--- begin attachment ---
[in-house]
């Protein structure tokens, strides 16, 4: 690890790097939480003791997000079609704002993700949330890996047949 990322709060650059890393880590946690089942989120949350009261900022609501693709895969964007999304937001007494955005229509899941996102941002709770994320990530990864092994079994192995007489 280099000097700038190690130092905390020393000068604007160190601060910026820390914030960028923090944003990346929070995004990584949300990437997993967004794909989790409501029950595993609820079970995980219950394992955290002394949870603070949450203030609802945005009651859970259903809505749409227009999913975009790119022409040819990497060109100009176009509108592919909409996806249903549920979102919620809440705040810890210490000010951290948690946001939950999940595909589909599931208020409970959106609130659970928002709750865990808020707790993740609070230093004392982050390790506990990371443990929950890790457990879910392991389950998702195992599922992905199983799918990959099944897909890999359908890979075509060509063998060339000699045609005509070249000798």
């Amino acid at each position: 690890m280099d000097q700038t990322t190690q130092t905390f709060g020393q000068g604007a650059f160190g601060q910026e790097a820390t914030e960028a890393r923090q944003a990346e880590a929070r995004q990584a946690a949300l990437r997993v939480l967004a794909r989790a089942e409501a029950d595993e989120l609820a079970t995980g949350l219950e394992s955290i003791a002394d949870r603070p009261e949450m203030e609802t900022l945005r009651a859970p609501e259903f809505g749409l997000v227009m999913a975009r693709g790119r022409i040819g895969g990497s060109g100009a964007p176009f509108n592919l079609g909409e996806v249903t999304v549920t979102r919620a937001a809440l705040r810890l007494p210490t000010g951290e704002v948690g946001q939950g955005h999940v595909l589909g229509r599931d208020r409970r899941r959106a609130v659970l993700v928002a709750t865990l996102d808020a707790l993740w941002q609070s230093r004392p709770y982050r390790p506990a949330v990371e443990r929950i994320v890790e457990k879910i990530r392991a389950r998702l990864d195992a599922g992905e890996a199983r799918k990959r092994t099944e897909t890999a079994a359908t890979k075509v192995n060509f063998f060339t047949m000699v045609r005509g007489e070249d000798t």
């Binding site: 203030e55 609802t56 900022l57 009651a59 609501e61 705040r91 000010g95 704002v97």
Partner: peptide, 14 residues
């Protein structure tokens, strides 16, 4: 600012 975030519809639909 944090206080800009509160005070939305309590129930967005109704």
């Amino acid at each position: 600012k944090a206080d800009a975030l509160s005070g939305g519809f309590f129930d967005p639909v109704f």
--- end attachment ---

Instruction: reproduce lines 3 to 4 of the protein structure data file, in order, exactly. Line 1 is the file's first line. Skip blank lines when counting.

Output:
């Amino acid at each position: 690890m280099d000097q700038t990322t190690q130092t905390f709060g020393q000068g604007a650059f160190g601060q910026e790097a820390t914030e960028a890393r923090q944003a990346e880590a929070r995004q990584a946690a949300l990437r997993v939480l967004a794909r989790a089942e409501a029950d595993e989120l609820a079970t995980g949350l219950e394992s955290i003791a002394d949870r603070p009261e949450m203030e609802t900022l945005r009651a859970p609501e259903f809505g749409l997000v227009m999913a975009r693709g790119r022409i040819g895969g990497s060109g100009a964007p176009f509108n592919l079609g909409e996806v249903t999304v549920t979102r919620a937001a809440l705040r810890l007494p210490t000010g951290e704002v948690g946001q939950g955005h999940v595909l589909g229509r599931d208020r409970r899941r959106a609130v659970l993700v928002a709750t865990l996102d808020a707790l993740w941002q609070s230093r004392p709770y982050r390790p506990a949330v990371e443990r929950i994320v890790e457990k879910i990530r392991a389950r998702l990864d195992a599922g992905e890996a199983r799918k990959r092994t099944e897909t890999a079994a359908t890979k075509v192995n060509f063998f060339t047949m000699v045609r005509g007489e070249d000798t």
């Binding site: 203030e55 609802t56 900022l57 009651a59 609501e61 705040r91 000010g95 704002v97």